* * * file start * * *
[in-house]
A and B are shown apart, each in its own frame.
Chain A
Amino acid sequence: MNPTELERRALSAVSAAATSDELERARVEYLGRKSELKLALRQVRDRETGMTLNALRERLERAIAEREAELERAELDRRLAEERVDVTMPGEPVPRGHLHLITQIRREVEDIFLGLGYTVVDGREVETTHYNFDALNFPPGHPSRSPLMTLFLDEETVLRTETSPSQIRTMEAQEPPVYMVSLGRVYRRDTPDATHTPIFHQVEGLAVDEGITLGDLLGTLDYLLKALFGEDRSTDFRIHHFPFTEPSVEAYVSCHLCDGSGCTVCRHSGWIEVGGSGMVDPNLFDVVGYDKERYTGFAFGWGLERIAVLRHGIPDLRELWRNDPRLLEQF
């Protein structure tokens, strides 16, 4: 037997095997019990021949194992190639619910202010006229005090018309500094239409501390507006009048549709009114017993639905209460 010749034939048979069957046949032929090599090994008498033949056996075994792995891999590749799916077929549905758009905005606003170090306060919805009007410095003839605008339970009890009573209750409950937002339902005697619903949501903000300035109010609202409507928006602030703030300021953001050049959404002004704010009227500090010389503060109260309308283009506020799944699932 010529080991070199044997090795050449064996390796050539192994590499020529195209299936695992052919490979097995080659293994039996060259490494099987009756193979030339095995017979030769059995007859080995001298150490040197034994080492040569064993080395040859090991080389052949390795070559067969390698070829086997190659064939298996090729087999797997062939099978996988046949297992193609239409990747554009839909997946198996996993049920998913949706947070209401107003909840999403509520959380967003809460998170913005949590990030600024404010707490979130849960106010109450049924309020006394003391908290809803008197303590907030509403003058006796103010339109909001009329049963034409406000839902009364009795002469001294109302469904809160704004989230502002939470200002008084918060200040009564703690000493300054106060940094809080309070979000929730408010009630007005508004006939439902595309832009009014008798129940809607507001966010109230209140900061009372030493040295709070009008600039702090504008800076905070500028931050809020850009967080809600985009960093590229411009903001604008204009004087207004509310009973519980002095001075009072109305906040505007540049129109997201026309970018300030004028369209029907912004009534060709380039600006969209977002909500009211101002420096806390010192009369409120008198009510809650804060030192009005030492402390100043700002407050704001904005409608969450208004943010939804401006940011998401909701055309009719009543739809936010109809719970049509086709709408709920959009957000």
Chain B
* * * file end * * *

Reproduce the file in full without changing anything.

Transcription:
[in-house]
A and B are shown apart, each in its own frame.
Chain A
Amino acid sequence: MNPTELERRALSAVSAAATSDELERARVEYLGRKSELKLALRQVRDRETGMTLNALRERLERAIAEREAELERAELDRRLAEERVDVTMPGEPVPRGHLHLITQIRREVEDIFLGLGYTVVDGREVETTHYNFDALNFPPGHPSRSPLMTLFLDEETVLRTETSPSQIRTMEAQEPPVYMVSLGRVYRRDTPDATHTPIFHQVEGLAVDEGITLGDLLGTLDYLLKALFGEDRSTDFRIHHFPFTEPSVEAYVSCHLCDGSGCTVCRHSGWIEVGGSGMVDPNLFDVVGYDKERYTGFAFGWGLERIAVLRHGIPDLRELWRNDPRLLEQF
């Protein structure tokens, strides 16, 4: 037997095997019990021949194992190639619910202010006229005090018309500094239409501390507006009048549709009114017993639905209460 010749034939048979069957046949032929090599090994008498033949056996075994792995891999590749799916077929549905758009905005606003170090306060919805009007410095003839605008339970009890009573209750409950937002339902005697619903949501903000300035109010609202409507928006602030703030300021953001050049959404002004704010009227500090010389503060109260309308283009506020799944699932 010529080991070199044997090795050449064996390796050539192994590499020529195209299936695992052919490979097995080659293994039996060259490494099987009756193979030339095995017979030769059995007859080995001298150490040197034994080492040569064993080395040859090991080389052949390795070559067969390698070829086997190659064939298996090729087999797997062939099978996988046949297992193609239409990747554009839909997946198996996993049920998913949706947070209401107003909840999403509520959380967003809460998170913005949590990030600024404010707490979130849960106010109450049924309020006394003391908290809803008197303590907030509403003058006796103010339109909001009329049963034409406000839902009364009795002469001294109302469904809160704004989230502002939470200002008084918060200040009564703690000493300054106060940094809080309070979000929730408010009630007005508004006939439902595309832009009014008798129940809607507001966010109230209140900061009372030493040295709070009008600039702090504008800076905070500028931050809020850009967080809600985009960093590229411009903001604008204009004087207004509310009973519980002095001075009072109305906040505007540049129109997201026309970018300030004028369209029907912004009534060709380039600006969209977002909500009211101002420096806390010192009369409120008198009510809650804060030192009005030492402390100043700002407050704001904005409608969450208004943010939804401006940011998401909701055309009719009543739809936010109809719970049509086709709408709920959009957000």
Chain B